Sunday, June 1, 2014
13 Things Home Inspectors Won’t Tell You
A friend of mine from North Carolina sent this to me. It was in her local newspaper. 13 Things Home Inspectors Won’t Tell You
1. Don’t find a home inspector through your real estate agent. It’s in the agent’s best interest to have the deal go through quickly, so some pitch inspectors who find few problems.
2. If I don’t spend at least two hours at the house, I’m what we call a drive-by-inspector, and you’re not getting your money’s worth. A thorough inspector checks the crawl space, opens the breaker box and walks the roof if safe enough. Most houses take me every bit of three hours.
3. I won’t tell you not to buy a house, because I’m not supposed to give real estate advice. But if I keep telling you that the house has “a lot of issues” or has “a major issue”, read between the lines-or at least be prepared to spend big money to fix some problems.
4. If you’re a seller, you should clean and prepare your house the same way you would for a showing. Most people leave a mess, and when the buyers arrive with me, their jaws hit the floor.
5. Ask to see a sample report before you hire me-it will give you a good idea of what kind of inspector I am. Do I include digital pictures? It’s a great way to compare two inspectors.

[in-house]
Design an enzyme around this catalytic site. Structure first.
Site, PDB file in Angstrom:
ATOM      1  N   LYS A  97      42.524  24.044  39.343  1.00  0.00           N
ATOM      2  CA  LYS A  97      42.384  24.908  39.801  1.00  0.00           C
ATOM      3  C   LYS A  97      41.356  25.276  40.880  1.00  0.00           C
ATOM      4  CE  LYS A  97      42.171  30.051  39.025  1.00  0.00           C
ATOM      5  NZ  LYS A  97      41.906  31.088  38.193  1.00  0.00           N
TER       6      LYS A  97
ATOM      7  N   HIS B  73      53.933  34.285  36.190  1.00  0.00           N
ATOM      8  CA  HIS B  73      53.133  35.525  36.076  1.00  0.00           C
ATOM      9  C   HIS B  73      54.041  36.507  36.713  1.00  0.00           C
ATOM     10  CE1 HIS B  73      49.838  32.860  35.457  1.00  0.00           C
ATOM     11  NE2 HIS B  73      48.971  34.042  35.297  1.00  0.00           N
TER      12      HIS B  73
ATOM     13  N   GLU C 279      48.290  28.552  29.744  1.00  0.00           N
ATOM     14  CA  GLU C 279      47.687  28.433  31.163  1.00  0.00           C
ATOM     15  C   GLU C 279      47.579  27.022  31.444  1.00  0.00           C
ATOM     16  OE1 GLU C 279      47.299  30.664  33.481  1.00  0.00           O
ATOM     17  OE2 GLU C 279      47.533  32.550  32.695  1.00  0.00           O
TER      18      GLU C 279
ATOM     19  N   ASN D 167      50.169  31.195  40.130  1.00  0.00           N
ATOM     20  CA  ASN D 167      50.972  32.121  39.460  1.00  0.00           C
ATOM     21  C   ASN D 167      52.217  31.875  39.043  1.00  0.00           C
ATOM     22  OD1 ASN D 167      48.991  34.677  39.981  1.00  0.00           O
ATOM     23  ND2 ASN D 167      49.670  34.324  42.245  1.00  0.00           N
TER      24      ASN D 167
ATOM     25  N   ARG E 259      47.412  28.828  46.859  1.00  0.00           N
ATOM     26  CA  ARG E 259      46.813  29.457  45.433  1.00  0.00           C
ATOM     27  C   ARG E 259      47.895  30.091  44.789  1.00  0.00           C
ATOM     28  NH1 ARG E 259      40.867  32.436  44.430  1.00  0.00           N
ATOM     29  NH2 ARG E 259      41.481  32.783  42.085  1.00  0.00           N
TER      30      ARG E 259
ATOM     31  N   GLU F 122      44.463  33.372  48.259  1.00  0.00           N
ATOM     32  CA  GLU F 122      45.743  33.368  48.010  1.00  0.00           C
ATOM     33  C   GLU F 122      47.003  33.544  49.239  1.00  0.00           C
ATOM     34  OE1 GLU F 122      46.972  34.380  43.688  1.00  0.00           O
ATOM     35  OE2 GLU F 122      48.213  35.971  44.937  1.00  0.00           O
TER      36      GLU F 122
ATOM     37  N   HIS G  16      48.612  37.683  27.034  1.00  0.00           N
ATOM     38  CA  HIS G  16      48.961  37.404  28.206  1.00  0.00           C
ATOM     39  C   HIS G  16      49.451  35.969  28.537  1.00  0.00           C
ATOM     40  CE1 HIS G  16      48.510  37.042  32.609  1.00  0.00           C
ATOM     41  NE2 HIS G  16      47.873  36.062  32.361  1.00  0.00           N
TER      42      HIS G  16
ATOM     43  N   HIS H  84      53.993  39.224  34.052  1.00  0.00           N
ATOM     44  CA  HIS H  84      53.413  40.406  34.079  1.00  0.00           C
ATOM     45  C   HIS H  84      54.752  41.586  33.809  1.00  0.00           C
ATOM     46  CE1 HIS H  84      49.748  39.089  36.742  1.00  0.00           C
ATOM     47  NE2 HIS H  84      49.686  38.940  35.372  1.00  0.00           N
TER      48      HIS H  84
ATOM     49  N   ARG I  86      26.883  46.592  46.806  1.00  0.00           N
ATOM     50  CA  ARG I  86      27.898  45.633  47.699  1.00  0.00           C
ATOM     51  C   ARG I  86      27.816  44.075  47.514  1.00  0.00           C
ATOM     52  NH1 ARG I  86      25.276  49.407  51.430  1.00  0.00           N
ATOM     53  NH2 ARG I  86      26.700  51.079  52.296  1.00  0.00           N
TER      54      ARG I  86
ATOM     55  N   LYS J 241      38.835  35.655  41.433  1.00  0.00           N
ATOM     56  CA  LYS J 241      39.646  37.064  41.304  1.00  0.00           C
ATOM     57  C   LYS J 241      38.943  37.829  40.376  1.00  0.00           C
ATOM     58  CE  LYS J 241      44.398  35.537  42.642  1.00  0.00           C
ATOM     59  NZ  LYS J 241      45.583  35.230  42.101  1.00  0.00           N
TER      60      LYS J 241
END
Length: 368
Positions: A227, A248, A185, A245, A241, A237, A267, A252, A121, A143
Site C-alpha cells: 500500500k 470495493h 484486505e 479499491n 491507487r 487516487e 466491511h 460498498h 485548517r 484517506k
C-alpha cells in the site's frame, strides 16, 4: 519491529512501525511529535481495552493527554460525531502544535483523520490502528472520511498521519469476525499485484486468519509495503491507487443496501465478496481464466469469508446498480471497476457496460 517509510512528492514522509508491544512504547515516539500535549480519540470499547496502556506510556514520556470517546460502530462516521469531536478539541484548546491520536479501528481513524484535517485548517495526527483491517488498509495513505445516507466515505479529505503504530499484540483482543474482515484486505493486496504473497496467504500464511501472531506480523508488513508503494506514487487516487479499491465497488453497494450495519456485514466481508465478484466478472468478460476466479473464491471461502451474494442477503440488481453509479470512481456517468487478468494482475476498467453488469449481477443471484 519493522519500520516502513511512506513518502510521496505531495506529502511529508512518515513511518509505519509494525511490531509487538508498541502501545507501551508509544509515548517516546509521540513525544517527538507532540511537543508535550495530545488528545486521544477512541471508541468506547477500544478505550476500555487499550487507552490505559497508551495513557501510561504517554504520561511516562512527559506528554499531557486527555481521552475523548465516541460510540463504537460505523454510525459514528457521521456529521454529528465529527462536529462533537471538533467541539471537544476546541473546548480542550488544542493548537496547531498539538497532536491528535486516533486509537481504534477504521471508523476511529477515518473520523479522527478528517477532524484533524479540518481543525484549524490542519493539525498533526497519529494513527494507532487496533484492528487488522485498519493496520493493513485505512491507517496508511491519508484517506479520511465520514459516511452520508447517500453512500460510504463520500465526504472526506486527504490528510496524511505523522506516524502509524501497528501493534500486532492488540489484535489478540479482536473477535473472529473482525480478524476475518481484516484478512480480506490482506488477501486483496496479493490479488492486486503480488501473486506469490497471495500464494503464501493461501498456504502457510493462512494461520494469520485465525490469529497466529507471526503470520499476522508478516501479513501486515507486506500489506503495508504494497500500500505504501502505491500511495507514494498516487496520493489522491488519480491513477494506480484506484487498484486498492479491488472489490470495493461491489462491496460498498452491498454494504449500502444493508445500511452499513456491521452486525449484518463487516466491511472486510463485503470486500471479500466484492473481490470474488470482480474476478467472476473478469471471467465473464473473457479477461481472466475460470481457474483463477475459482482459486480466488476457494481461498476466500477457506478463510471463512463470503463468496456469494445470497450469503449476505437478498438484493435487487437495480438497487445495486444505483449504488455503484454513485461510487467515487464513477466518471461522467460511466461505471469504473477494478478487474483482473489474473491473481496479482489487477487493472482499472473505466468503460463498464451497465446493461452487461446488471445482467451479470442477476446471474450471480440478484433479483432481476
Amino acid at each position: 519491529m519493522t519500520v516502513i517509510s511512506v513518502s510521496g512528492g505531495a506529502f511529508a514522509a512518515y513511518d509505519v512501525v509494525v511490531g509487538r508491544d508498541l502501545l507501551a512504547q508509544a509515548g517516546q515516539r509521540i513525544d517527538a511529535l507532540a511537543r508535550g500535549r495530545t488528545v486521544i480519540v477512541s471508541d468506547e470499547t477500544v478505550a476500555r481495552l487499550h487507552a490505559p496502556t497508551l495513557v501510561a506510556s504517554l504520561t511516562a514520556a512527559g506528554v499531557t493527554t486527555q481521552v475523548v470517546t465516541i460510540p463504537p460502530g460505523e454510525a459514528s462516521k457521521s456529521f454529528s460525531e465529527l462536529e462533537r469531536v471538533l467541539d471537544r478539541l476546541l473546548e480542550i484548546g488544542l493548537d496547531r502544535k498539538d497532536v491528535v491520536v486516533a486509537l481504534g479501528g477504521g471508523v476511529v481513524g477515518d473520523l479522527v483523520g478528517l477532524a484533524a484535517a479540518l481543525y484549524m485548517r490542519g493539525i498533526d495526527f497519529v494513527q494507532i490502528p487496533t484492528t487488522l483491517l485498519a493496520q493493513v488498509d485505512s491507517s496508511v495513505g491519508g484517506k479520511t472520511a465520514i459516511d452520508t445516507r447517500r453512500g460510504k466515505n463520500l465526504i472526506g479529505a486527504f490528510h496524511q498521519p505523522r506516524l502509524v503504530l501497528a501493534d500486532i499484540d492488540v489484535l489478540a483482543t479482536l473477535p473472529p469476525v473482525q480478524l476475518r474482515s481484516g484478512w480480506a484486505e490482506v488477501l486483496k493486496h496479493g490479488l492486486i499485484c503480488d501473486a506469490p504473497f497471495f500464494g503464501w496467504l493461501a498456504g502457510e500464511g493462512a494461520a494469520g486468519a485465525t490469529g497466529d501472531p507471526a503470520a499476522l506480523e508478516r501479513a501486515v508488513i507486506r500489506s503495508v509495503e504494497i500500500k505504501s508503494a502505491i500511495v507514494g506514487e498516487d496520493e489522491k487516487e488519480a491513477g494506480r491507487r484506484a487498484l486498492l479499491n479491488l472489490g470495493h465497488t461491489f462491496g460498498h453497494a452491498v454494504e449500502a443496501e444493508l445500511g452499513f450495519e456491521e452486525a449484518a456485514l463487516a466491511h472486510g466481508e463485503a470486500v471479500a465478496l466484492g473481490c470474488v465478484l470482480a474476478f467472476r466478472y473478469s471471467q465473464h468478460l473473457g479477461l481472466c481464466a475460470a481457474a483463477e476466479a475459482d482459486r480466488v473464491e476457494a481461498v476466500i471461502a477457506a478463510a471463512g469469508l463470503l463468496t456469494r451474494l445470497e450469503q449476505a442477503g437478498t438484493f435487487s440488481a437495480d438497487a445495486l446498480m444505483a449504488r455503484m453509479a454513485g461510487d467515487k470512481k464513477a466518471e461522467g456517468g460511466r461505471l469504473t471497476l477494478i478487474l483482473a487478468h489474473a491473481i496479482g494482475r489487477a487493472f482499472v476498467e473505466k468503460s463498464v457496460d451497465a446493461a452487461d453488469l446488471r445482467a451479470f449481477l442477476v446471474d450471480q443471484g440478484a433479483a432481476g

6. Even brand-new homes should be inspected. We find a ridiculous amount of things wrong in new construction: leaks, electrical issues, improperly installed appliances, clogged pipes because the tile guy cleaned his tools in the sink.
7. If you want the sale of your home to go smoothly, have the house inspected before you put it on the market. Working with me can give you time to find a reasonably priced contractor or to make the repairs yourself.
8. Please, if you’re going to pay for my services, read my full report-not just the summary. Many people don’t.
9. I’ve encountered every kind of hazard. Once, I was crawling underneath a bathroom, and I felt something strange beneath me. I looked down and discovered I was on a huge pile of double edged razor blades. I took a picture of it because I thought no one would believe me.
10. If you have a lot of questions, don’t ask them as I’m walking through the house-it will distract me, and I might miss something. Let’s go through them at the end.
11. I can’t see under the cement slab or inside the walls, so if a dishonest seller wants to go out of his way to hide defects, I might not be able to find them.
12. Some of the worst homes are those owned by do-it-yourselfers. I’ve seen toilets flushing with hot water, weird appliance hookups, and indoor electrical panels dangerously mounted outside in the elements. Hire a professional if you don’t know what you’re doing.
13.Roof and foundation issues can stop a sale fast. If you’re selling and are not sure of their conditions, get a professional to evaluate them ahead of time-and make sure tree limbs trimmed far away from the roof to prevent damage.